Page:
I remember the first time I really and truly learned about the Holocaust—my fourth-grade teacher assigned “Number the Stars” by Lois Lowry, and I read the book cover-to-cover. When I finished, I asked my mom if we could hide my Jewish friends in my closet if anything like this ever happened again. (I still remember how my heart sank when my mom pointed out that even though we weren’t religious, my Jewish heritage was enough that Hitler would have come after me as well. Still, I pledged I’d hide as many of my friends and classmates as I could until that point.)
When we look back at history, it’s easy for us to say, “Well, if I were there, I’d definitely speak up and fight back,” or, “If it were me, I wouldn’t have just followed orders—I would have said no.” It’s not often we have the chance to put the lessons we learned in school to use, but here we are.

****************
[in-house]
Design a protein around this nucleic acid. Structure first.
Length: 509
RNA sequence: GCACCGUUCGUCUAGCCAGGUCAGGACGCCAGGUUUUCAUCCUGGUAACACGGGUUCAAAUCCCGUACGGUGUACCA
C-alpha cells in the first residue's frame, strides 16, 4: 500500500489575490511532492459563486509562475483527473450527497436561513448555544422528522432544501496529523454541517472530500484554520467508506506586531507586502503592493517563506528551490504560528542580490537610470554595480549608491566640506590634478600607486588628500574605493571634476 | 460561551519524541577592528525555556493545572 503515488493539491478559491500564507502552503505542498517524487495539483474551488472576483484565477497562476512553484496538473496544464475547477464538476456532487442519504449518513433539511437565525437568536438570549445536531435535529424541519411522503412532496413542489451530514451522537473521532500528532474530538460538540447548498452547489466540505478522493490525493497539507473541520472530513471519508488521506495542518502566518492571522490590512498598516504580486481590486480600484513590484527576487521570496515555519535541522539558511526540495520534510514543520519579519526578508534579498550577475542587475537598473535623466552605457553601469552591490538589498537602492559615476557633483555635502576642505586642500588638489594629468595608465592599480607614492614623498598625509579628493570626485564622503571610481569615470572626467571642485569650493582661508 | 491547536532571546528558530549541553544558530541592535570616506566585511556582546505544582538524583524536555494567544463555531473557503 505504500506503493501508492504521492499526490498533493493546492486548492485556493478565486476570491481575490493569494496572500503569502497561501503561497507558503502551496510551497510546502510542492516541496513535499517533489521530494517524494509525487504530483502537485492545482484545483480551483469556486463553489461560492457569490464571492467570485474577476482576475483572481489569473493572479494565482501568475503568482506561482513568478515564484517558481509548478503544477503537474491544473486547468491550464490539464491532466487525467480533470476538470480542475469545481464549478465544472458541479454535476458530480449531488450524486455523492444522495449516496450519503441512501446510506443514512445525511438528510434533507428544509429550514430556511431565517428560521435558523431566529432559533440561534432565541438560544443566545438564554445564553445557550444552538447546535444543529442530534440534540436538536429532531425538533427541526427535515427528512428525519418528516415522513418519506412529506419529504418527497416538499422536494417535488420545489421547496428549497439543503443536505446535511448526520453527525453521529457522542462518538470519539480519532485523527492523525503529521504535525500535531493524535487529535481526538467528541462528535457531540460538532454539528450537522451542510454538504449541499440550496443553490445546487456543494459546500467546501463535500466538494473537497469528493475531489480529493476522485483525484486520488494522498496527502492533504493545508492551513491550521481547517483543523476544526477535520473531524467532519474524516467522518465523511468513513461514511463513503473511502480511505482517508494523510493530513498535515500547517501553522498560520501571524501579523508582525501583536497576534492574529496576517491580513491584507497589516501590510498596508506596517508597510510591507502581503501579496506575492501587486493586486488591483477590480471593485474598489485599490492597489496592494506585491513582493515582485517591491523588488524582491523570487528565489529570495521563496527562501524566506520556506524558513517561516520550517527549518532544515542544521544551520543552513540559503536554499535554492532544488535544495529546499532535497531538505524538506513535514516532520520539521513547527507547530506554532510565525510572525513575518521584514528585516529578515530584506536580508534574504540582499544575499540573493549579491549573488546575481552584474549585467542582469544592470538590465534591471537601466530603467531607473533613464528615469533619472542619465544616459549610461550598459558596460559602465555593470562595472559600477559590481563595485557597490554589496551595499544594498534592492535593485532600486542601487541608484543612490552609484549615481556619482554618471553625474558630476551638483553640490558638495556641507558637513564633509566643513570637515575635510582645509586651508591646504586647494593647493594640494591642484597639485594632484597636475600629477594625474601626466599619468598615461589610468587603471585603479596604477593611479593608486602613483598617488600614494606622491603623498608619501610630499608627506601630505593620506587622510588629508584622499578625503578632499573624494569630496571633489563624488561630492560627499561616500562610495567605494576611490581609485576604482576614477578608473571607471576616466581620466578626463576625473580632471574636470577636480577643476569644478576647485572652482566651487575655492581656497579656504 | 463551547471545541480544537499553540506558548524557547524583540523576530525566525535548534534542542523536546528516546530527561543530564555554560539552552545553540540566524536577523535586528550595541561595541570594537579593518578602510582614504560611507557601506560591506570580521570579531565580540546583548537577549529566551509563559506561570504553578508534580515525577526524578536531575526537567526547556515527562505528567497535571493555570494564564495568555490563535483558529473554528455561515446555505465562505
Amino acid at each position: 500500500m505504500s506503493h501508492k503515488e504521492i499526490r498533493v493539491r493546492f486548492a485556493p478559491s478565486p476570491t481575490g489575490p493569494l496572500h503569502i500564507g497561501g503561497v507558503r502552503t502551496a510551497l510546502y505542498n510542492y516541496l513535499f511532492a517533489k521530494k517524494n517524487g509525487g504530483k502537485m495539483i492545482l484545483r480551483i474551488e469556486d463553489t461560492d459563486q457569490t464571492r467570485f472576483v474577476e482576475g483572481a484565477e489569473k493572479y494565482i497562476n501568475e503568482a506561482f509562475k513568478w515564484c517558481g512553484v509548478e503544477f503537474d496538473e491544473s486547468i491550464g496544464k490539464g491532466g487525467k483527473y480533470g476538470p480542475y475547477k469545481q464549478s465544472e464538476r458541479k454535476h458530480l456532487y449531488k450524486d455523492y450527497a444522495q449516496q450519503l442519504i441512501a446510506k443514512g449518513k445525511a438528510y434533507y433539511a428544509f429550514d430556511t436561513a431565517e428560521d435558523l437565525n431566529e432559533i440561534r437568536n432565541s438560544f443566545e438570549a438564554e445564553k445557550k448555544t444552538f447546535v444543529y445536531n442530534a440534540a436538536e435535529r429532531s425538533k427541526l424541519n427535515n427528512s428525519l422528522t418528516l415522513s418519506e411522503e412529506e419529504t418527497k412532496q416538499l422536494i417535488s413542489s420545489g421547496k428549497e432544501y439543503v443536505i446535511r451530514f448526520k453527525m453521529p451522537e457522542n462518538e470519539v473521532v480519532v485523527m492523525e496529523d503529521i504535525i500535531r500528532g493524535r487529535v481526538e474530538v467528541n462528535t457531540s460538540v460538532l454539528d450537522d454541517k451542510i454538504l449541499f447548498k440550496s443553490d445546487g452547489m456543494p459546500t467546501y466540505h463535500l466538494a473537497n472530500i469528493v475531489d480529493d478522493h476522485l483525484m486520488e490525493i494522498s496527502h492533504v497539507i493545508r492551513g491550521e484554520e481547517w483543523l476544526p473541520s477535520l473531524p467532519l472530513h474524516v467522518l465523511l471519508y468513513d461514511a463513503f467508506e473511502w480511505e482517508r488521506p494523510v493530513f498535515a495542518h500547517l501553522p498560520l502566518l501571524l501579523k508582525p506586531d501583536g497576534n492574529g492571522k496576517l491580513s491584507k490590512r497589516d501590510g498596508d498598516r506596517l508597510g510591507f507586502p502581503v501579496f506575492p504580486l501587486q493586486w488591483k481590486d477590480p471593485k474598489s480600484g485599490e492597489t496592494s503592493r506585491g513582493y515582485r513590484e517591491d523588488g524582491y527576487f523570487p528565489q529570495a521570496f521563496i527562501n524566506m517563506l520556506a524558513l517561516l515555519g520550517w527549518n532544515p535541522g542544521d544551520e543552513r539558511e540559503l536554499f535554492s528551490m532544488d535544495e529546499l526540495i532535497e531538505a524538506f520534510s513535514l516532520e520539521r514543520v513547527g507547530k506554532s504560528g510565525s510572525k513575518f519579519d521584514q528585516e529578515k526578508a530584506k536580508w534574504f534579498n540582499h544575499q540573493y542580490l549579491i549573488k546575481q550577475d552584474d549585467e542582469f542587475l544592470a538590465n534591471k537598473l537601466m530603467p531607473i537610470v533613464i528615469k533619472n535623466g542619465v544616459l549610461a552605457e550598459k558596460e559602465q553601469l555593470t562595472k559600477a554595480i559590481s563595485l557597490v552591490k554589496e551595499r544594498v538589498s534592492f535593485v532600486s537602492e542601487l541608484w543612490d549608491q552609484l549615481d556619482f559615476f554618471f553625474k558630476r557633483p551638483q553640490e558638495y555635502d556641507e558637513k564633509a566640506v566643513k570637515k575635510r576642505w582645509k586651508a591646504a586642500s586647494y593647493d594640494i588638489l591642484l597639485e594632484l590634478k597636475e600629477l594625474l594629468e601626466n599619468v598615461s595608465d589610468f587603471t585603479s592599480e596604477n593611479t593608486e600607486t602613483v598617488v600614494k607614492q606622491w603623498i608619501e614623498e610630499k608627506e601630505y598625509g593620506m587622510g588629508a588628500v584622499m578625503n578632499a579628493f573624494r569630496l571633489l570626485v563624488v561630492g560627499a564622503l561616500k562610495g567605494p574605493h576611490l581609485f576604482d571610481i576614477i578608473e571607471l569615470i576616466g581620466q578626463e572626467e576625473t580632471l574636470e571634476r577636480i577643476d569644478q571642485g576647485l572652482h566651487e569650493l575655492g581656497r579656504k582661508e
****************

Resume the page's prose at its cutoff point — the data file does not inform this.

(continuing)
This past weekend I joined a crowd of 10,000-plus in Boston’s Copley Square to speak out against unfair and discriminatory immigration bans. Many in the crowd were Jewish, carrying signs that referenced our own history. As a photographer I feel an obligation to speak out through my photos, particularly through a series I’ve begun of protest portraits. These photos show the faces and tell the stories of individuals as they find their footing and speak out during scary times.
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